It’s World Kindness Week, and today’s service reflects that theme. Two girls read about the Good Samaritan from Luke 10:33-37. The first reads in Spanish. (The only time we hear a second language.) The second girl reads from the KJV, even though the pew Bibles are the NKJV.

Some middle school students perform a skit, presenting modern-day scenarios about helping others. In the message, “Giving at a Cost,” the minister shares a story from Native American lore, again illustrating the theme.

The service is an ideal melding of the traditional and modern. With professional execution, engaging speakers, and compelling content that draws me to their worship.

[Read about Church #30 and Church #32, start at the beginning of our journey, or learn more about Church #31.]

Should You Build Bigger Barns?

I’m an avid reader. I love books: to buy them, receive them, read them, and collect them. My common birthday and Christmas gift requests are for books. I have four bookcases of them, full and overflowing, with another 100 stacked on the floor.

My overstuffed library is a dilemma. I need another bookshelf.

This reminds me of Jesus’ parable of the farmer who had run out of room to store his crops. His solution was to build more barns. He intended to cease working, live off his stockpile, and enjoy a life of leisure. His plans did not work out — he died that night.

This is a lesson against focusing on the wrong things, in this case greed instead of God.

Although my book-loving perspective is not on this same level of misplaced priorities, I do need to make sure my love for God is not superseded by the books he inspires.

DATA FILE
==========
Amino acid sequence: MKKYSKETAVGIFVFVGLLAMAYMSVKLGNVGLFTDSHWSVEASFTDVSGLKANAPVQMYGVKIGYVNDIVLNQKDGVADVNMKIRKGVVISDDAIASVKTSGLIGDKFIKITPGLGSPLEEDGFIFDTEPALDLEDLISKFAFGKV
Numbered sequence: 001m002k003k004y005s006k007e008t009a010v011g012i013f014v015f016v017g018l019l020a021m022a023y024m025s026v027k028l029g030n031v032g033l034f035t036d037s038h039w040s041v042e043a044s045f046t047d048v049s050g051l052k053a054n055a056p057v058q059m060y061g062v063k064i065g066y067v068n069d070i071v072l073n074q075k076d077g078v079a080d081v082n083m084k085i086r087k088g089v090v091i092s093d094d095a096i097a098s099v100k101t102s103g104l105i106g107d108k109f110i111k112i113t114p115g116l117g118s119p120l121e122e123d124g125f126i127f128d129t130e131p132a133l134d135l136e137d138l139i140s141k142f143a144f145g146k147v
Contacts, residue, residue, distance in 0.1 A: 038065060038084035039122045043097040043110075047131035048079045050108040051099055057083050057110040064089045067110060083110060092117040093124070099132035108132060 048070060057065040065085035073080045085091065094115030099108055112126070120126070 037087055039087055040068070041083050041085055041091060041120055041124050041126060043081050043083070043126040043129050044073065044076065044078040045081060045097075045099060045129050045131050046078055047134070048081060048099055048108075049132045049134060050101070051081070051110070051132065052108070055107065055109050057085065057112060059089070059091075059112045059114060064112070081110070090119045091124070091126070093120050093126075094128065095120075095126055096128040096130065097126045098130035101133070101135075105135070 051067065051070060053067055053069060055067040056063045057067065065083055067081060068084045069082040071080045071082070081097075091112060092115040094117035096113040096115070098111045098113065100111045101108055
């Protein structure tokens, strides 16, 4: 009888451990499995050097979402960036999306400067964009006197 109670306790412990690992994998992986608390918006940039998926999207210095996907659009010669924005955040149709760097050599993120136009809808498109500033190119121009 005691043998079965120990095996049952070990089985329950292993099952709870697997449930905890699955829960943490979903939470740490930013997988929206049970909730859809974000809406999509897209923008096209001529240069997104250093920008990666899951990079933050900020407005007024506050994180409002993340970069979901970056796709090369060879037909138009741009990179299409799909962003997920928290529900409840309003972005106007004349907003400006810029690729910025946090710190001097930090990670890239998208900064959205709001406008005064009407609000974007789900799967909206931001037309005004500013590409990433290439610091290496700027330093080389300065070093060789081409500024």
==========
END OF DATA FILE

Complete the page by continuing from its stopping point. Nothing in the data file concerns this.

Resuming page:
I don’t really need another bookshelf. Perhaps it’s time to give some books away, so others can enjoy them too.

[Luke 12:13:21]

Give to God What Belongs to God

In Jesus’ parable of the tenants, there is a man who plants a vineyard and rents it out.  When it is harvest time, he sends his representative to collect some of the harvest (which is likely the terms of lease). Instead of remitting to the owner what is due him, the tenants refuse, mistreating everyone the owner sends, even to the point of killing his son. The owner then kills the evil tenants and leases the vineyard to others.

Perhaps the first part of this parable is a picture of what God wants from us. As tenants in his creation, he desires us to give part of our “crop” to him as a form of “rent” for the privilege of living here. This seems simple enough, but often we are greedy, wanting to keep everything for ourselves. The implication is that God will then find someone else who is willing give to him what is due him.

This is perhaps what Jesus had in mind when on another occasion says “…and give to God what belongs to God.”

[Luke 20:6-19 and Matthew 22:21]

Do You Want More From God?

Here is another thought building on the prior post about one of Jesus’ parables.

To review, the parable is about a noble man who, before going on a journey, entrusts three servants with varying amounts of money to invest for him. The first two invest their amounts and earn a good return, apparently doubling their stakes. The third however, to whom little is entrusted, makes no effort to invest it. He lazily does nothing and merely returns the original amount to his master. This is done under the guise of keeping it safe. The master takes the money from the lazy servant and gives it to the first servant. The people nearby protest that this is not fair.

Jesus replies “I tell you that to everyone who has, more will be given, but as for the one who has nothing, even what he has will be taken away.”

The lesson in this seems to be that to those who have been blessed with resources and have been faithful with them, more will be given. However, to those who have not faithful with what they have, that too will be taken away. We must be wise and faithful stewards.